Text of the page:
A “climate emergency choir” performed in Richmond on Monday to call on Governor Northam to end the Mountain Valley pipeline and demand solutions to climate change. Reports by Randi B. Hagi of the WMRA.
More than 60 people from the Harrisonburg area marched through downtown Richmond on Monday, singing hymns and songs of protest. As they went, they delivered letters to Gov. Ralph Northam’s office and other officials, calling for a declaration of a climate emergency and a halt to construction of the Mountain Valley pipeline.
(Group walks and songs)
The singers’ march culminated in the plaza outside the State Capitol building, where organizer Earl Martin, surrounded by several young children, read their letter to the governor.
EARL MARTIN: We come this morning as cultivators of the Earth, as carpenters, students, teachers, housewives, engineers, pastors, parents and children. Many of us are Mennonites and friends of Mennonites. Many of us are from Harrisonburg. But we come from different places. We come with the deepest beliefs and aspirations for our human family. As is our tradition, we come to sing hymns of hope, sing songs of the sacredness of the Earth. Sing songs of courage and faith. Indeed, we believe that we are singing for our own life.
The pipeline has attracted criticism and opposition for years. If completed, it will transport natural gas from northern West Virginia to a compressor station in Pittsylvania County, Virginia. According to an April press release from the project, about 80% of the pipeline’s actual work has been completed, and about half of its path has been “fully restored.”
Activists who spoke on Monday looked at the pollution caused by the construction of the pipeline, potential leaks and the burning of the fossil fuel it would carry.
ACTIVIST 1: The Mountain Valley Pipeline seeks not only to worsen the global climate emergency, but also to perpetuate injustice and exploitation of the land that never was ours to begin with.
ACTIVIST 2: Truly, we are not here to protect nature, because we are nature. We protect natureâ¦ we live in a history where it is normal for the human species to take up all the space, use the resources, not think so much about future generations.
One of the organizers of the choir, Brian Bolton, is the pastor of Shalom Mennonite Church in Harrisonburg. He and other members of his congregation were inspired to lead the action after visiting a Mountain Valley pipeline construction site earlier this year –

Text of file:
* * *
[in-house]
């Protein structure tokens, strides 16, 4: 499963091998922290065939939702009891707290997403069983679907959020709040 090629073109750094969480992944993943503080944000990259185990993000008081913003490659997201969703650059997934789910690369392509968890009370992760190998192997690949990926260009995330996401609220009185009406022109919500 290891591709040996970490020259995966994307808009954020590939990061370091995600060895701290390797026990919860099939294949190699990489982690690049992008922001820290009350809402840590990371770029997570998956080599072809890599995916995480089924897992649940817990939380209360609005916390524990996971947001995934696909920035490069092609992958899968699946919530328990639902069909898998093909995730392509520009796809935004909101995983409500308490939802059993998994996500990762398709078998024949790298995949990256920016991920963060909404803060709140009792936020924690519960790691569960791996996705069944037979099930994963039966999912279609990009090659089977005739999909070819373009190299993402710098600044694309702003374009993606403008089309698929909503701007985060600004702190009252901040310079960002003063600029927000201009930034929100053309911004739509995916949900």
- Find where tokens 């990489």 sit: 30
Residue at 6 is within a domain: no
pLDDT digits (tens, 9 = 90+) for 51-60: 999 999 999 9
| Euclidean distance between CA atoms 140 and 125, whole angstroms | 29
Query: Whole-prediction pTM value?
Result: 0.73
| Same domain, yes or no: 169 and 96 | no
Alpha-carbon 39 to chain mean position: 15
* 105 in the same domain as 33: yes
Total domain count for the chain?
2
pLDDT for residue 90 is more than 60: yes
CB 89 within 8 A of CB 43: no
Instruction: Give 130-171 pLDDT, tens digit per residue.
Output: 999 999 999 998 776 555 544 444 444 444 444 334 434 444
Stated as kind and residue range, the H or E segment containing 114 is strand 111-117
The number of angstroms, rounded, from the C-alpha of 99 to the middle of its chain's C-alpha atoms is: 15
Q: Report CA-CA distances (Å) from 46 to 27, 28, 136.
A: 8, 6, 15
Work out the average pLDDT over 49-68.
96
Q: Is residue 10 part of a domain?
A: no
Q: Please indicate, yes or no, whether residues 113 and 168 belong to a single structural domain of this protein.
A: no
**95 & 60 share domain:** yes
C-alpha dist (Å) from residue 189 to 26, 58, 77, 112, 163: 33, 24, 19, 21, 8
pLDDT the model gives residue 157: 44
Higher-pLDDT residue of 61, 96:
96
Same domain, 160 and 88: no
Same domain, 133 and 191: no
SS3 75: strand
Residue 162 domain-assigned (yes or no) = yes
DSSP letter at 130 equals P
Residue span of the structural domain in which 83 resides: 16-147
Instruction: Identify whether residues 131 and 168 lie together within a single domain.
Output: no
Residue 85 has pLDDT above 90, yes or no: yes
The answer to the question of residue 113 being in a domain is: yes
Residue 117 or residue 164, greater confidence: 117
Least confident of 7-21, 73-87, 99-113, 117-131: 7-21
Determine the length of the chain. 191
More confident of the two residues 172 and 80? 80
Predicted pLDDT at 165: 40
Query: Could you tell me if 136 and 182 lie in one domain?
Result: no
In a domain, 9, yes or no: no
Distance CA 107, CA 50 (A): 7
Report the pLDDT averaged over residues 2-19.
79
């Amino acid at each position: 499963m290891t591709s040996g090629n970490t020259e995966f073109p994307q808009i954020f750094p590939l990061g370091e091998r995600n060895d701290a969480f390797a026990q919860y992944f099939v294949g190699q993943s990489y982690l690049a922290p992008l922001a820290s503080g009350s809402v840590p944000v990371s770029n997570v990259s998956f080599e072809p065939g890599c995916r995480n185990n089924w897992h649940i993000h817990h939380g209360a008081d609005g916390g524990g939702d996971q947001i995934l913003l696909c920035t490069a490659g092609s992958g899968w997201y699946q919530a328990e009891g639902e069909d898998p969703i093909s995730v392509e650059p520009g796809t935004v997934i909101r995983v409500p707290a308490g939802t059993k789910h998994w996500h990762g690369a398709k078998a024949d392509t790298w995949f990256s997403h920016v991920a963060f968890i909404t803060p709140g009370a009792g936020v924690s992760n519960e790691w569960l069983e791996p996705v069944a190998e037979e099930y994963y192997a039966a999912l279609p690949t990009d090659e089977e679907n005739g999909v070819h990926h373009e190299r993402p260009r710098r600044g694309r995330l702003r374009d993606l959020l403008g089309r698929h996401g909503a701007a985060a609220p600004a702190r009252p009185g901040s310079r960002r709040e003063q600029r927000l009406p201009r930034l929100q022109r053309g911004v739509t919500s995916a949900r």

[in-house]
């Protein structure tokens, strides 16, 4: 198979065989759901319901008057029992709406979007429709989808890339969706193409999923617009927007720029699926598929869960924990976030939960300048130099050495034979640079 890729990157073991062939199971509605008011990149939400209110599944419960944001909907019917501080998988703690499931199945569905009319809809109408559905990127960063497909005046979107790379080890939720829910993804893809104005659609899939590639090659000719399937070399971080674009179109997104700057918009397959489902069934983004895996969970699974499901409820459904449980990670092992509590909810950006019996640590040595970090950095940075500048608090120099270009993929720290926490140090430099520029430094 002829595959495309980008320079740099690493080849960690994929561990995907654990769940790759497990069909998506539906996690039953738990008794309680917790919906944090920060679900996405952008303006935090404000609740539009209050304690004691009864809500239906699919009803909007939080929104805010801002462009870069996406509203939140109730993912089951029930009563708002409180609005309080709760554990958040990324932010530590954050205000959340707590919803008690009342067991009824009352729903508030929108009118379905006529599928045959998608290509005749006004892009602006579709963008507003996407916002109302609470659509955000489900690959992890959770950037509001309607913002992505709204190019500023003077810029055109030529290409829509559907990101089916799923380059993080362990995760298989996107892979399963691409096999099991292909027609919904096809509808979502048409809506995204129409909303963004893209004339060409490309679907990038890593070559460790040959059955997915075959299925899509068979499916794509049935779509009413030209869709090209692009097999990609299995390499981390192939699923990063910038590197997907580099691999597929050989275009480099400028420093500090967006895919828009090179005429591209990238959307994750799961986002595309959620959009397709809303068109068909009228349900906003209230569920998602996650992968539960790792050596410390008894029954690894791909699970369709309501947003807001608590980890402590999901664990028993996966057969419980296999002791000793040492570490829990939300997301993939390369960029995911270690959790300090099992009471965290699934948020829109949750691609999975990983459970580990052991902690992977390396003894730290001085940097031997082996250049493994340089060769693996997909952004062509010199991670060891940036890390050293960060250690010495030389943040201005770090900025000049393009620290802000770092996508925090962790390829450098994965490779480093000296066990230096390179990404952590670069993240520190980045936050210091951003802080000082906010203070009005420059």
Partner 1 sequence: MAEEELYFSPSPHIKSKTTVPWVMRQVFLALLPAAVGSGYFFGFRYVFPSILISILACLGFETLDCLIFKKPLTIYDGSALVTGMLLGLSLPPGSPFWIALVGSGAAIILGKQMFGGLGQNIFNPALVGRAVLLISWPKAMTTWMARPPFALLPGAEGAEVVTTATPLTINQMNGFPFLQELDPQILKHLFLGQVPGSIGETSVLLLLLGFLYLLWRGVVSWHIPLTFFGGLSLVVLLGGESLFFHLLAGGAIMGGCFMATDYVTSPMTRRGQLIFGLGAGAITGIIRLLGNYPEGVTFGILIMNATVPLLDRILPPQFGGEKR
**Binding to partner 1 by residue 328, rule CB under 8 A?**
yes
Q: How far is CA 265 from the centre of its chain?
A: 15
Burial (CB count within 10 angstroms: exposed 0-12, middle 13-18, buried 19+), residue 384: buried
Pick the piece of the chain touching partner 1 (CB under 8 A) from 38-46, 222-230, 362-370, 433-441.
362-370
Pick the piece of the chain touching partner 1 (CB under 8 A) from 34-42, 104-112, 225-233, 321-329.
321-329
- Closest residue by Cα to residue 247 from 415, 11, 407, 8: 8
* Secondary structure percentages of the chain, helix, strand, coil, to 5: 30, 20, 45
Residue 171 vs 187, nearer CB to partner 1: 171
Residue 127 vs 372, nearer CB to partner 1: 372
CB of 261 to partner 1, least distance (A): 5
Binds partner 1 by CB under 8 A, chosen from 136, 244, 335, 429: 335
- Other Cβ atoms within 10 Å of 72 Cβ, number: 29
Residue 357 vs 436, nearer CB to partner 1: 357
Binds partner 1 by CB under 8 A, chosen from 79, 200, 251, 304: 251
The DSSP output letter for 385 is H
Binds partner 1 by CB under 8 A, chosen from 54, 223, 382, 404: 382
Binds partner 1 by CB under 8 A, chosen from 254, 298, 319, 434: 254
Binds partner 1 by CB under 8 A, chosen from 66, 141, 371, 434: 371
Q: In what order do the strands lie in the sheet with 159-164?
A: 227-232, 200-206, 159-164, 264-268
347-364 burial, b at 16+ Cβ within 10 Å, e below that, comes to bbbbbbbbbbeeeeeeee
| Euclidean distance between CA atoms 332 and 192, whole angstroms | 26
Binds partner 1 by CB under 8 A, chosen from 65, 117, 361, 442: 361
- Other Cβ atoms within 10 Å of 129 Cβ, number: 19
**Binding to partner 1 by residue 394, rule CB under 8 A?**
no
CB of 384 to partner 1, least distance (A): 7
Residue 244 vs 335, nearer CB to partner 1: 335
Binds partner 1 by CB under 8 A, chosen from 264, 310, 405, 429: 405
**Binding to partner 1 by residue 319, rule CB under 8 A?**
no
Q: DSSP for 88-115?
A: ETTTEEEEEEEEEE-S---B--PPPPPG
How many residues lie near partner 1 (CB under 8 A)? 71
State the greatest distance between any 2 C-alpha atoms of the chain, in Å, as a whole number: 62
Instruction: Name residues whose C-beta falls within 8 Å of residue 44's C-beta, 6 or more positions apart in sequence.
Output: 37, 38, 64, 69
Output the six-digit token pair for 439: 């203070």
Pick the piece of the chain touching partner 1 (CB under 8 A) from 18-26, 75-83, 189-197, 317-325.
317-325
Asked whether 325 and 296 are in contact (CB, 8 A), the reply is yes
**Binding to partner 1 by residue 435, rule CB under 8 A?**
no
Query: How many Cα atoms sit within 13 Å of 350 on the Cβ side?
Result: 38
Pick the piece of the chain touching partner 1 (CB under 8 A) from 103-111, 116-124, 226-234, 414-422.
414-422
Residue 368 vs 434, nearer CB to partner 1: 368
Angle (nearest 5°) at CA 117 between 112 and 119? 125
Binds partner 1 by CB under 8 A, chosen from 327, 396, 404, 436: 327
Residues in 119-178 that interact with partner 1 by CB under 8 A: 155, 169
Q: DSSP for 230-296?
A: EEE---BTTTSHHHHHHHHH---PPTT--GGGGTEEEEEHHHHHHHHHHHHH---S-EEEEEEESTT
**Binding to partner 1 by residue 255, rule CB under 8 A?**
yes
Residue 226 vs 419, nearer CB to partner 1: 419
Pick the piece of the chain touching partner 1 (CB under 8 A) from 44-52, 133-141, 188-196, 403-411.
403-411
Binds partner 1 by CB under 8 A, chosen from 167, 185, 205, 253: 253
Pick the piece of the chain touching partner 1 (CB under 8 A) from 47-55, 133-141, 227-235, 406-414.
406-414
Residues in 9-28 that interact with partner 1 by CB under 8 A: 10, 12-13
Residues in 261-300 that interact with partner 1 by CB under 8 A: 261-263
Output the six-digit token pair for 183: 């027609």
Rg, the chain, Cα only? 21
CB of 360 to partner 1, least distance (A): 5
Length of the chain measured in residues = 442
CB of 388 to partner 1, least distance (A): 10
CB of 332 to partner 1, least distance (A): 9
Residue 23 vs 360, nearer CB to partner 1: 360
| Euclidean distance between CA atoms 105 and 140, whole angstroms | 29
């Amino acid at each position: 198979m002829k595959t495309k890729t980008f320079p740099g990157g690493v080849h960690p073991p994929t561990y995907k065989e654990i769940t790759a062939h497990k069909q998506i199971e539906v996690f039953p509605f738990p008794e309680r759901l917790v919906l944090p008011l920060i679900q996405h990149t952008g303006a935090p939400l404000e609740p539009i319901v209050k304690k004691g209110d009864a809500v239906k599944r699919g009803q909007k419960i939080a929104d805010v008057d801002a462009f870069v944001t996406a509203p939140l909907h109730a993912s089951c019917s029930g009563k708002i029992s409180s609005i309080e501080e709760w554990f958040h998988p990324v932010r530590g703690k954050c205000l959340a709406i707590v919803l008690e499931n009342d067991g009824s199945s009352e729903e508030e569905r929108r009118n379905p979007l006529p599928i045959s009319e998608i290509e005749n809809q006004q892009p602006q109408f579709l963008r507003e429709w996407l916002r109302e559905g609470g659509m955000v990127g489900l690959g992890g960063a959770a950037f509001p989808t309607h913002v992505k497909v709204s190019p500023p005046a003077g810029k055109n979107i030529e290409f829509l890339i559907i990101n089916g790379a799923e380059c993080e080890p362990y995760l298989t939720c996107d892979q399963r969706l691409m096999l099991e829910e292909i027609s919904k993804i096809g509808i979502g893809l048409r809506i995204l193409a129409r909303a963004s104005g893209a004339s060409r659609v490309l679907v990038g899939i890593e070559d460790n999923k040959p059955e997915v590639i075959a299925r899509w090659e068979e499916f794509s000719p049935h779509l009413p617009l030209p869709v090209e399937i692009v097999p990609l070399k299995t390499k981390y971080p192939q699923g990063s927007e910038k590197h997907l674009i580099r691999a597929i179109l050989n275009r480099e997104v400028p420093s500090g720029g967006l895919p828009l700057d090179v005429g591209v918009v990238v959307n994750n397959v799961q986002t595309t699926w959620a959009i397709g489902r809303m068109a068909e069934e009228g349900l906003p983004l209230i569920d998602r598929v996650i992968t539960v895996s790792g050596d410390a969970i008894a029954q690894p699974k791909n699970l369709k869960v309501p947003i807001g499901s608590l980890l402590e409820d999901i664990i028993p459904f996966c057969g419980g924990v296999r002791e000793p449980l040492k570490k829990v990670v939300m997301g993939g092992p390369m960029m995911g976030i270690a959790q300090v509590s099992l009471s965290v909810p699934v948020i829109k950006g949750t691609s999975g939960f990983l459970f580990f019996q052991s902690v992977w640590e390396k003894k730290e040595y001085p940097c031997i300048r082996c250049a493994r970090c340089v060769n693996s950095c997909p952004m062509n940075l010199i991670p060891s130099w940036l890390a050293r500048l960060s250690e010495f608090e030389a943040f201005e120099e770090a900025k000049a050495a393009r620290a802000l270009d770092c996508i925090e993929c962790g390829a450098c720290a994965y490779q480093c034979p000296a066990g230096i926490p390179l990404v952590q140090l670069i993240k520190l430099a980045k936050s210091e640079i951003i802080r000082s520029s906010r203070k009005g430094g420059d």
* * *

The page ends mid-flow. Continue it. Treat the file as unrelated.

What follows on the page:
BRIAN BOLTON: âand I just had this vision of people in our tradition, in the Mennonite tradition who love to sing and come from a tradition of singing as a form of resistance.
The Shalom delegation was joined by students from Eastern Mennonite University, Unitarian Universalists from Harrisonburg and other climate activists. Bolton described their letter to Northam.
BOLTON: Just a heartfelt and honest admission of how much we love and care for the land that sustains us, and the mountains where we live near Harrisonburg, and that we want to see ended, not just this pipeline, but any of these fossil fuel projects.
EMU student Mariana Acosta was one of five students who delivered the letter to the governor’s staff.
MARIANA ACOSTA: When I heard about this opportunity, I felt called to do so because I feel like I have a voice, and it is my responsibility to defend this issue that we know is so urgent , and yet nothing is done.
But she and her friend, Iris Anderson, felt their calls had fallen on deaf ears.
IRIS ANDERSON: It was really scary! I was a little nervousâ¦ I was a little nervous about what I was going to say, like I wanted to make an impact, and I didn’t feel particularly heard by the voter. Yeah, that was a little dismissive, which was disappointing.
Mountain Valley Pipeline, LLC did not respond to a request for comment. Last month, the Virginia Mercury reported that the pipeline is currently awaiting a decision from the State Water Control Board on a key permit they need to complete the water crossings – a verdict expected in December.
(The song fades away)